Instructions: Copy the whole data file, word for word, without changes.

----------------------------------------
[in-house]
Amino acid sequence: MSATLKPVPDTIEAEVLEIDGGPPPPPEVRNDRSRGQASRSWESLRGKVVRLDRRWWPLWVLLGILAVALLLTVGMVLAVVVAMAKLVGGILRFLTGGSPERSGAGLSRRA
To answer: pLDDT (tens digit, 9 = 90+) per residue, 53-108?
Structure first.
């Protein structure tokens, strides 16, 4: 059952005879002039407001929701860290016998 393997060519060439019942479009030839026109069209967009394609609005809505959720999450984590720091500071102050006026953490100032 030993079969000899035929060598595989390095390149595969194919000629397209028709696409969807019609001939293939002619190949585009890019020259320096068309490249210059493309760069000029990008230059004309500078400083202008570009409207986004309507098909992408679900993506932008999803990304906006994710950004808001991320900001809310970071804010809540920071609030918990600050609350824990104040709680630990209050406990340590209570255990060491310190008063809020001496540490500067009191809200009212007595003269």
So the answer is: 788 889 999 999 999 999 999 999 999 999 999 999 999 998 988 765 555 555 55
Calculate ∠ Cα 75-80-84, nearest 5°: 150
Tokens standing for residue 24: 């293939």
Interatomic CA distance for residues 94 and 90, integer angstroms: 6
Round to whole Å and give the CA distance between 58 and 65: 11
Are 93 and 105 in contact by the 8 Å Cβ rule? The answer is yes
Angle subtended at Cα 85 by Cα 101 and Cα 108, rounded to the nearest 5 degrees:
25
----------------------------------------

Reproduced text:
[in-house]
Amino acid sequence: MSATLKPVPDTIEAEVLEIDGGPPPPPEVRNDRSRGQASRSWESLRGKVVRLDRRWWPLWVLLGILAVALLLTVGMVLAVVVAMAKLVGGILRFLTGGSPERSGAGLSRRA
To answer: pLDDT (tens digit, 9 = 90+) per residue, 53-108?
Structure first.
């Protein structure tokens, strides 16, 4: 059952005879002039407001929701860290016998 393997060519060439019942479009030839026109069209967009394609609005809505959720999450984590720091500071102050006026953490100032 030993079969000899035929060598595989390095390149595969194919000629397209028709696409969807019609001939293939002619190949585009890019020259320096068309490249210059493309760069000029990008230059004309500078400083202008570009409207986004309507098909992408679900993506932008999803990304906006994710950004808001991320900001809310970071804010809540920071609030918990600050609350824990104040709680630990209050406990340590209570255990060491310190008063809020001496540490500067009191809200009212007595003269």
So the answer is: 788 889 999 999 999 999 999 999 999 999 999 999 999 998 988 765 555 555 55
Calculate ∠ Cα 75-80-84, nearest 5°: 150
Tokens standing for residue 24: 């293939």
Interatomic CA distance for residues 94 and 90, integer angstroms: 6
Round to whole Å and give the CA distance between 58 and 65: 11
Are 93 and 105 in contact by the 8 Å Cβ rule? The answer is yes
Angle subtended at Cα 85 by Cα 101 and Cα 108, rounded to the nearest 5 degrees:
25